Safari Destinations

Arusha National Park

Arusha National Park

Area: 542 km2

Arusha National Park is a quite extraordinary conservation area and thoroughly worth a visit. Recently extended from the original 137 km2 to 542 km2, the park boasts a habitat diversity that spans everything from montage rainforest to  savanna to alpine moorland. It's prodigious fauna include 400 birds and it's main feature Mt. Meru to the West, Momela Lakes and Ngurdoto Crater to the East makes the park exceptional. Ngurdoto Crater is surrounded by forests while the floor of the crater is a swamp. A large number of zebras can be viewed in the western part of the crater where the plain is known as "Small Serengeti". Birds like flamingos are widely concentrated in the banks of Momela Lake where they gather for food and water. While in Arusha National Park one is assured of seeing buffaloes, elephants, zebras, giraffes, waterbucks, reedbucks, hyenas, hippos, klipspringers, warthogs, baboons, colobus monkeys, vervet monkeys, blue monkeys and dikdiks.  It is very rare to see big cats around the national park.
The park is one of the few Tanzania's National Parks that offers a WALKING SAFARI; escorted by full armed rangers.


Gombe National Park

Area: 52 km2

Gombe stream national park is the smallest of all our parks in Tanzania, with a fragile strip of chimpanzee habitat straddling the steep slopes and river valleys that hem in the sandy northern shore of Lake Tanganyika. Its chimpanzees – habituated to human visitors – were made famous by the pioneering work of Jane Goodall. Approximately 140 chimpanzees live at Gombe in three distinct territorial communities. Chimpanzees form friendships that can endure throughout their lives of 60 years or more.
The park is a narrow strip of mountainous country bordered by the crest of the African Rift Valley walls to the east and Lake Tanganyika to the west (the deepest lake in Africa).

African Hippo

Katavi National Park

Area: 4471 km2

Katavi is one of the biggest National Parks in Tanzania in terms of its biomass (the second after the Serengeti).
Katavi, situated southeast of Mahale and about sixty miles east of Lake Tanganyika, offers a game view of wild animals like elephants, topi, crocodiles, giraffe, hartebeest, sable, roan, waterbuck, reedbuck and herds of African Buffalos.  The park offers the most singular wildlife spectacle is provided by its hippos.  Towards the end of the dry season, up to 200 individuals might flop together in any riverine pool of sufficient depth.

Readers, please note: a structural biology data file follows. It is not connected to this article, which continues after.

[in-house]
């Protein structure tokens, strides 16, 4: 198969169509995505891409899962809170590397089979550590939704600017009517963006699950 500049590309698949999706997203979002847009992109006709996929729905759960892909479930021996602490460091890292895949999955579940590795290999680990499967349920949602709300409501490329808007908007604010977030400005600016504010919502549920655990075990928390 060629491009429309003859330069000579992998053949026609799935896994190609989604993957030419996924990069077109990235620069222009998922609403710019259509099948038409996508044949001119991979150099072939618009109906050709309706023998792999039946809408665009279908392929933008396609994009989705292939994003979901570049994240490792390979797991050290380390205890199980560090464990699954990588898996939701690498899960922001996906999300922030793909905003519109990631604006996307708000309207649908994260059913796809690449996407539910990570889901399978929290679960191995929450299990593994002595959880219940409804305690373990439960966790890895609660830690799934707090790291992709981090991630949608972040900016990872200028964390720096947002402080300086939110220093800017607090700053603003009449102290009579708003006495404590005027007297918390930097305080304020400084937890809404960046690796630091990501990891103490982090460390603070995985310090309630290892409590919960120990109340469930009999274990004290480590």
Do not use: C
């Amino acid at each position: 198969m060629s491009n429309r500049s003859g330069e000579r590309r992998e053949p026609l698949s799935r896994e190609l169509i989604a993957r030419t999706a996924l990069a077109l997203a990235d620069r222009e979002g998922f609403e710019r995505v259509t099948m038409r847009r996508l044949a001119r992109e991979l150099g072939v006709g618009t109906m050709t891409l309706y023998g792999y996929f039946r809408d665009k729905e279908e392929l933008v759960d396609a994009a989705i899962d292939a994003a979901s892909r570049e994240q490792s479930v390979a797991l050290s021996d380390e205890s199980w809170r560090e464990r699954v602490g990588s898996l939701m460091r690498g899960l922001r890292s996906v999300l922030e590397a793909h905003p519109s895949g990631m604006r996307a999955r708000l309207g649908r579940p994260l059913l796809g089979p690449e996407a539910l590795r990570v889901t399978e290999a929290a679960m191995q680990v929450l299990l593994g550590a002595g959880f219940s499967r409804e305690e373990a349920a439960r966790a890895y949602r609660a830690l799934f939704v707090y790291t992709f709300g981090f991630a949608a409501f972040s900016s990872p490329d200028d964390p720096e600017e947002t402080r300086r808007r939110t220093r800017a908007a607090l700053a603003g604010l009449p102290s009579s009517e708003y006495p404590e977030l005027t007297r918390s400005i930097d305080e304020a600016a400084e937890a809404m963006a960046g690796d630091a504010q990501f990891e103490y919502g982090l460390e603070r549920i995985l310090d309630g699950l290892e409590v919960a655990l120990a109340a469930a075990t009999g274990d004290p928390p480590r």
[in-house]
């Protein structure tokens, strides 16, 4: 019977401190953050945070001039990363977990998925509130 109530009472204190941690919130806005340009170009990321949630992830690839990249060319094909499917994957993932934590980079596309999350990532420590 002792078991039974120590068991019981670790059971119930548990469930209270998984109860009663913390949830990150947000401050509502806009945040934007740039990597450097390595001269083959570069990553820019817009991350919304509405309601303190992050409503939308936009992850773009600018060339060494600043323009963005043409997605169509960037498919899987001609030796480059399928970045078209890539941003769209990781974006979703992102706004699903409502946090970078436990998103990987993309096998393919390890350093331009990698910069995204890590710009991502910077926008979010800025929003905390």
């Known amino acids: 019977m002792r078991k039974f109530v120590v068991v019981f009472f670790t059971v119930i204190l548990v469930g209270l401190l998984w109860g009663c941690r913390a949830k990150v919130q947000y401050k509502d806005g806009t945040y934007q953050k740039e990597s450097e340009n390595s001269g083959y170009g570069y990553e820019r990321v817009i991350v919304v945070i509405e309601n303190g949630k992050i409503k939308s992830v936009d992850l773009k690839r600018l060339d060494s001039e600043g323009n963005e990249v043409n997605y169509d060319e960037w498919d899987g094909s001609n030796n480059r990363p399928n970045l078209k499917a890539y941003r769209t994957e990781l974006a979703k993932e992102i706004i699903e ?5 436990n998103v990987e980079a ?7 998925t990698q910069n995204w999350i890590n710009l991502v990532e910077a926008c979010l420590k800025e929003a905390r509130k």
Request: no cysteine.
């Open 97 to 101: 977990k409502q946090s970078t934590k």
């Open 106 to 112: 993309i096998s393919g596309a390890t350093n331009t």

Mt Kilimanjaro

Kilimanjaro National Park

Area 1668 km2

Mt. Kilimanjaro is the highest mountain in Africa and fourth highest of the Seven Summits. It is among the tallest freestanding mountains in the world, with Uhuru Peak rising to an altitude of 15,100 feet (4,600 m) from base to summit. The mountain is composed of three distinct volcanic cones: Kibo 19,340 feet (5895 meters); Mawenzi 16,896 feet (5149 m); and Shira 13,000 feet (3962 m). Uhuru Peak is the highest summit on Kibo's crater rim.
Kilimanjaro is a giant stratovolcano that began forming a million years ago, when lava spilled from the Rift Valley zone. Two of its three peaks, Mawenzi and Shira, are extinct while Kibo (the highest peak) is dormant and could erupt again. The last major eruption has been dated to 360,000 years ago, while the most recent activity was recorded just 200 years ago.
Agriculture forms a big part of life in the region and most of the lower slopes are used for this purpose. One of Tanzania’s biggest exports – coffee - is harvested here.

Mahale National Park

Area: 1613 km2

Mahale Mountains are home to some of Africa’s last remaining wild chimpanzees: its 60 individuals form what is known as the "M" group. Apart from the chimps and other monkeys, the park also accommodates more than 300 types of butterflies.  Waterfalls and bush pigs are commonly seen.  The western slopes of Mahale Mountains are unique because they contain savanna-adapted species that are often found in East and South African forests.

Manyara National Park

Area: 330 km2

Lake Manyara is a shallow, alkaline water lake set at the base of a sheer stretch of the western Rift Valley escapment. The northwestern part of the lake and its immediate hinterland are protected in a scenic 330km2. Manyara is also known for its tree climbing lions (although you are not guaranteed to see them in the trees). Habitats include: grassy floodplain, rock escapment, acacia woodland and lush groundwater forest. Diversity is reflected in Manyara’s varied mammalian fauna with elephant, bushbuck, waterbuck, baboon, lions, leopard, buffalo, hippo, giraffe, impala, and zebra. The Lake is also famous for fighting male hippos who engage in fierce battles for territory.